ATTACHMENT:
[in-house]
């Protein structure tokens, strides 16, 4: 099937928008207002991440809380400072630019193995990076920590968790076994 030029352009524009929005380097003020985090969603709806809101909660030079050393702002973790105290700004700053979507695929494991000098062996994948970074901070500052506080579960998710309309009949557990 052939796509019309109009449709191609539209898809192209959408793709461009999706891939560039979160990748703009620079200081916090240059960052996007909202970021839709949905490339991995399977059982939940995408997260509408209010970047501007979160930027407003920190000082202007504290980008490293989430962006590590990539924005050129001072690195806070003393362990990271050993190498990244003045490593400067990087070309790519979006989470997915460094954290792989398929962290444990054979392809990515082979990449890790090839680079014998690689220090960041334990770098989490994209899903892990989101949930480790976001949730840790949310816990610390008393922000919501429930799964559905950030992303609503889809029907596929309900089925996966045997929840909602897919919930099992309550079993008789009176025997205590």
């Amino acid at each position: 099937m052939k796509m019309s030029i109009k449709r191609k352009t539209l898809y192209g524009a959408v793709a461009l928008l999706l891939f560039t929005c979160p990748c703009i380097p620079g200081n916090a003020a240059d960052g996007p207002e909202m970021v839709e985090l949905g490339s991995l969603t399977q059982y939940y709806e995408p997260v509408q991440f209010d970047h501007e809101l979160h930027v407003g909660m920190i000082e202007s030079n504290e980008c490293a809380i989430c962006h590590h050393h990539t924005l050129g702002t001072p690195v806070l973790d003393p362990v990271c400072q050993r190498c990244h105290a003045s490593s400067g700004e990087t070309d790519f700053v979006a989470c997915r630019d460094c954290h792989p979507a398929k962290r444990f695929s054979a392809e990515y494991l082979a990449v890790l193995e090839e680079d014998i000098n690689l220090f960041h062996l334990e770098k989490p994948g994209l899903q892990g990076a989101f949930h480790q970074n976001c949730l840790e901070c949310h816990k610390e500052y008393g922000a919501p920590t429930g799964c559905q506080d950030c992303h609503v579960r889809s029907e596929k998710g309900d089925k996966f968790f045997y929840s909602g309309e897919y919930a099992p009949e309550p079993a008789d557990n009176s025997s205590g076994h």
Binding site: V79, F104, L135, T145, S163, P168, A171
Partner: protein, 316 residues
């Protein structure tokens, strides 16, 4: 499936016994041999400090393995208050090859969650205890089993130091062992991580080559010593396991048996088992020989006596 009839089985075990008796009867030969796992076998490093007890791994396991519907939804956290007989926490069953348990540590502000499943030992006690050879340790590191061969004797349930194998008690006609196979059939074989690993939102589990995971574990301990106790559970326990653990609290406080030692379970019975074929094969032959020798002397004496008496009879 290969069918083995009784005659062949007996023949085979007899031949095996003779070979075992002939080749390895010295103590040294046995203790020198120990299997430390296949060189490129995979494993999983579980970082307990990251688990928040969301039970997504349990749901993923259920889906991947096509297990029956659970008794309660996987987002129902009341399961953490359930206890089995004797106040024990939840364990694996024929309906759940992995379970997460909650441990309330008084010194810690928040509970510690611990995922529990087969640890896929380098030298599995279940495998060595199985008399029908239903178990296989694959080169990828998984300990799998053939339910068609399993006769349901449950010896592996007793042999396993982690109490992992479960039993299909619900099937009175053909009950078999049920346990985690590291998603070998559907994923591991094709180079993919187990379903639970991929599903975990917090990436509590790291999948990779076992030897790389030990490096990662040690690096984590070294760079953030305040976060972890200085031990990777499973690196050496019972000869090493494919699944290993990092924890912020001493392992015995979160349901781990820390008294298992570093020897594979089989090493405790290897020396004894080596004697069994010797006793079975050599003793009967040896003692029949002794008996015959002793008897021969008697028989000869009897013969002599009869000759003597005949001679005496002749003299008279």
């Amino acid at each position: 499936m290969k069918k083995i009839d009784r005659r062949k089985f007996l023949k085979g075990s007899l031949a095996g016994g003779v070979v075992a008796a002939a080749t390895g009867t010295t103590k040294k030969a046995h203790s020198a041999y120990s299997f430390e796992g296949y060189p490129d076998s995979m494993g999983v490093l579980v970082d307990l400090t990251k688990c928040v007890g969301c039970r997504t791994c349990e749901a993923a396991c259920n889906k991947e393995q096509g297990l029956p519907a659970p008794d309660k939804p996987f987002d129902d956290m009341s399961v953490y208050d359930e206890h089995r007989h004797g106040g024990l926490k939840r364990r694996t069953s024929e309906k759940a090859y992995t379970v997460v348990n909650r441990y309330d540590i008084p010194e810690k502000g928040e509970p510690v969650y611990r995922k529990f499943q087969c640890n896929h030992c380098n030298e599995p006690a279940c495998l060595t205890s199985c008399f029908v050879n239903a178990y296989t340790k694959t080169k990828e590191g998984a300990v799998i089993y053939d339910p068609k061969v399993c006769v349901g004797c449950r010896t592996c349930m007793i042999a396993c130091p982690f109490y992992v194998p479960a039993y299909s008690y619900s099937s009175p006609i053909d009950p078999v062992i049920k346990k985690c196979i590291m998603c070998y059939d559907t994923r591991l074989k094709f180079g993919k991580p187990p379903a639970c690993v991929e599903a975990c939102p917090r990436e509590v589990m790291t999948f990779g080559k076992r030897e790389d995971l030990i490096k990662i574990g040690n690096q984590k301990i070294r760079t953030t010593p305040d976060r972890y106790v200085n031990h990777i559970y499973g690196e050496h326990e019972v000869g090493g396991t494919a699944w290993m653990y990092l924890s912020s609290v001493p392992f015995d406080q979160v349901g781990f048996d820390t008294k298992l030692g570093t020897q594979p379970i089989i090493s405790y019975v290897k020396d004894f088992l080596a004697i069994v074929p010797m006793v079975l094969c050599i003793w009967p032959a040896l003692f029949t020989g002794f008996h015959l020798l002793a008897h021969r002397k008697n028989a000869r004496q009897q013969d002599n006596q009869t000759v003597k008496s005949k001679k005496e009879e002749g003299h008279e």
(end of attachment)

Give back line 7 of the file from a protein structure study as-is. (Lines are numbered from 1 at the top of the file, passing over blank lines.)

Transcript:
């Amino acid at each position: 499936m290969k069918k083995i009839d009784r005659r062949k089985f007996l023949k085979g075990s007899l031949a095996g016994g003779v070979v075992a008796a002939a080749t390895g009867t010295t103590k040294k030969a046995h203790s020198a041999y120990s299997f430390e796992g296949y060189p490129d076998s995979m494993g999983v490093l579980v970082d307990l400090t990251k688990c928040v007890g969301c039970r997504t791994c349990e749901a993923a396991c259920n889906k991947e393995q096509g297990l029956p519907a659970p008794d309660k939804p996987f987002d129902d956290m009341s399961v953490y208050d359930e206890h089995r007989h004797g106040g024990l926490k939840r364990r694996t069953s024929e309906k759940a090859y992995t379970v997460v348990n909650r441990y309330d540590i008084p010194e810690k502000g928040e509970p510690v969650y611990r995922k529990f499943q087969c640890n896929h030992c380098n030298e599995p006690a279940c495998l060595t205890s199985c008399f029908v050879n239903a178990y296989t340790k694959t080169k990828e590191g998984a300990v799998i089993y053939d339910p068609k061969v399993c006769v349901g004797c449950r010896t592996c349930m007793i042999a396993c130091p982690f109490y992992v194998p479960a039993y299909s008690y619900s099937s009175p006609i053909d009950p078999v062992i049920k346990k985690c196979i590291m998603c070998y059939d559907t994923r591991l074989k094709f180079g993919k991580p187990p379903a639970c690993v991929e599903a975990c939102p917090r990436e509590v589990m790291t999948f990779g080559k076992r030897e790389d995971l030990i490096k990662i574990g040690n690096q984590k301990i070294r760079t953030t010593p305040d976060r972890y106790v200085n031990h990777i559970y499973g690196e050496h326990e019972v000869g090493g396991t494919a699944w290993m653990y990092l924890s912020s609290v001493p392992f015995d406080q979160v349901g781990f048996d820390t008294k298992l030692g570093t020897q594979p379970i089989i090493s405790y019975v290897k020396d004894f088992l080596a004697i069994v074929p010797m006793v079975l094969c050599i003793w009967p032959a040896l003692f029949t020989g002794f008996h015959l020798l002793a008897h021969r002397k008697n028989a000869r004496q009897q013969d002599n006596q009869t000759v003597k008496s005949k001679k005496e009879e002749g003299h008279e």